In a new study, researchers found an omega-6 polyunsaturated fatty acid has the potential to help fight heart disease.
This omega-6 fatty acid is dihomo-gamma-linolenic acid (DGLA). It can help halt the progression of atherosclerosis, the build of plaque in arteries. This is one of the leading causes of heart disease.
The research was conducted by a team from Cardiff University and other institutes.
Heart disease causes one in three deaths worldwide and in the UK is responsible for almost 170,000 deaths each year.
Atherosclerosis is narrowing of the arteries due to inflammation and excessive fat.
Current atherosclerosis therapies can have harmful side effects. So researchers are trying to find how active food ingredients could help prevent and treat the disease.
Previous research has shown omega-3 fatty acids found in fish oils can help reduce the condition in arteries.
But the roles of omega-6 fatty acids in the disease remain poorly understood.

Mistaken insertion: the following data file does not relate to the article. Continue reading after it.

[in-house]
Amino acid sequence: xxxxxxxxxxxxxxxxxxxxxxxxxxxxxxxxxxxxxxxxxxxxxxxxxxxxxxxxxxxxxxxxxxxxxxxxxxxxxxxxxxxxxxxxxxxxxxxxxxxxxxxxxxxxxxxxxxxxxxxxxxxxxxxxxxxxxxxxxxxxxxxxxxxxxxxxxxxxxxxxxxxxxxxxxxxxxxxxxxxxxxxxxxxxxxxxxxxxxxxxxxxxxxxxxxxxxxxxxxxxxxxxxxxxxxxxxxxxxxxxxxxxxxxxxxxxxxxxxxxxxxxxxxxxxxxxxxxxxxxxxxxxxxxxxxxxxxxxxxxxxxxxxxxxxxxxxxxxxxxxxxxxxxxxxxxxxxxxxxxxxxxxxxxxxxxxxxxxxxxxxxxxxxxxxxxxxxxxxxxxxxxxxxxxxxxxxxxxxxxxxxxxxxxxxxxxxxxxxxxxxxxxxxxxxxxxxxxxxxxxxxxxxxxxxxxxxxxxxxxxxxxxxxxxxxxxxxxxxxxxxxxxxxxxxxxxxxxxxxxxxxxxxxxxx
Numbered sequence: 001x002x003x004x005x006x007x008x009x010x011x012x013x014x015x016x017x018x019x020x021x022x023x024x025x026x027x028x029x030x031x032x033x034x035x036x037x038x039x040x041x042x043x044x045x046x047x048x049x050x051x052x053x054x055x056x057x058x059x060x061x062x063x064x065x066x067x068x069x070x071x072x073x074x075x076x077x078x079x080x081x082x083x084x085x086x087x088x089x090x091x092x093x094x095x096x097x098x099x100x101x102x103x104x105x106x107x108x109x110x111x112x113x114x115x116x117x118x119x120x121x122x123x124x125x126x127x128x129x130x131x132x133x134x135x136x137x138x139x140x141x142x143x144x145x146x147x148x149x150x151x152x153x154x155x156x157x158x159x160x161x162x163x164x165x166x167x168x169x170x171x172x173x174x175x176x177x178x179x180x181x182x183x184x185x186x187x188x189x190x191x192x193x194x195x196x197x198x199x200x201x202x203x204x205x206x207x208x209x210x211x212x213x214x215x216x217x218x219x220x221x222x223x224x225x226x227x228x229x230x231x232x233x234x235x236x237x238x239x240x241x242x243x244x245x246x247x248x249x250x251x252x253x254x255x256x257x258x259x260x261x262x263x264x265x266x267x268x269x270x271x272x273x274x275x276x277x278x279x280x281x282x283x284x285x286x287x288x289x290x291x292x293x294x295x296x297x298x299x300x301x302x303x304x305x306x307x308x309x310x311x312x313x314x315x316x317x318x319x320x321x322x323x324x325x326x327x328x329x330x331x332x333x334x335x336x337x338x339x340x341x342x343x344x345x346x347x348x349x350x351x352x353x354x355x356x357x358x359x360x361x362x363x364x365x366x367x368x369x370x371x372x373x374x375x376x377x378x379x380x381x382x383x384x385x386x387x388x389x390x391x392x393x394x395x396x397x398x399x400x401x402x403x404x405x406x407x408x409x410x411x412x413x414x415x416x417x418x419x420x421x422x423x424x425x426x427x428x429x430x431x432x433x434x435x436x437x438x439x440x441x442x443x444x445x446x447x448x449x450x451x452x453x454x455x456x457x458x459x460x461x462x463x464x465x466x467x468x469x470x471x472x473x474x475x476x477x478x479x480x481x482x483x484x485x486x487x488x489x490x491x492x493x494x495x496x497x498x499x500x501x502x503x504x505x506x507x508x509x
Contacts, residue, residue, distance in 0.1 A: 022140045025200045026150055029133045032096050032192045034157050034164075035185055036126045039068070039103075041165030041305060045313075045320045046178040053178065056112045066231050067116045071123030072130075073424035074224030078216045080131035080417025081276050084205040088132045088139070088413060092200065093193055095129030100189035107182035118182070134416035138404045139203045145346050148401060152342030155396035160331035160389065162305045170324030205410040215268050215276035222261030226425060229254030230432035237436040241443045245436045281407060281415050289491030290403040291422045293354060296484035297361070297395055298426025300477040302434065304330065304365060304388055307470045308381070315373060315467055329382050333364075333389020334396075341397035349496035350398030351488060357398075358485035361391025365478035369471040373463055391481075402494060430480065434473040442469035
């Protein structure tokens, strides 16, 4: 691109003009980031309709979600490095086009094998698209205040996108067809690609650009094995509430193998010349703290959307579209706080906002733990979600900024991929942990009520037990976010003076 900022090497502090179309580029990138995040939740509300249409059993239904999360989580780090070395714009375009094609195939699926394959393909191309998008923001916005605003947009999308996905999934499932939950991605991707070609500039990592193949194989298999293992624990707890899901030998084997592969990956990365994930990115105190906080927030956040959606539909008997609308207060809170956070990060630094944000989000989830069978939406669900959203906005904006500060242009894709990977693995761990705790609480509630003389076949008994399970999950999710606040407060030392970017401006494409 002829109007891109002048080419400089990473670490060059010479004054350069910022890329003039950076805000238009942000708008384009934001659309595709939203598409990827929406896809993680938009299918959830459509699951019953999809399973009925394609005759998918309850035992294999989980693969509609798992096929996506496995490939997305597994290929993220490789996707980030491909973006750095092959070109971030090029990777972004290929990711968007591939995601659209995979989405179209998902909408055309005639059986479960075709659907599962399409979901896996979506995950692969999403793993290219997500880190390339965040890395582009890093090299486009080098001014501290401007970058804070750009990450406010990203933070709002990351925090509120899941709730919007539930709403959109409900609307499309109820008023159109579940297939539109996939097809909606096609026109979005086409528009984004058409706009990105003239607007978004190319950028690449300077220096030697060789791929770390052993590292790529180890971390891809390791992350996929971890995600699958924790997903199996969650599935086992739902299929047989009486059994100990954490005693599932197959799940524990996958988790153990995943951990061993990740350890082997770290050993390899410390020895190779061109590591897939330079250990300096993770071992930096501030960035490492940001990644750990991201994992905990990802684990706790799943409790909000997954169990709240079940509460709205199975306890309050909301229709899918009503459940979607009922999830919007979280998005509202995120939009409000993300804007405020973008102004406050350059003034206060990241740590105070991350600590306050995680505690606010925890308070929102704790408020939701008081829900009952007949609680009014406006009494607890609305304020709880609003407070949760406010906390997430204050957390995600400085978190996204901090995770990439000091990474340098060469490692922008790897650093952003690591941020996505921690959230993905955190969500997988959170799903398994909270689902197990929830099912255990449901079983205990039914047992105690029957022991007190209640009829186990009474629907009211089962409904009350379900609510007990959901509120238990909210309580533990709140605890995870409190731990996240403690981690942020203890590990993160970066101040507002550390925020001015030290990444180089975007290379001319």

In the study, the team found the omega-6 fatty acid DGLA can have a positive effect on atherosclerosis at several stages.
It can control key processes linked to inflammation and the ability of the cells to take up and process cholesterol.
They also found protective effects of DGLA on endothelial cells and smooth muscle cells. They are two important cell types involved in the disease.
The team hopes the new finding can develop new method to prevent and treat atherosclerosis.
The lead author of the study is Professor Dipak Ramji from Cardiff University’s School of Biosciences.
The study is published in Biochimica et Biophysica Acta -Molecular Basis of Disease.
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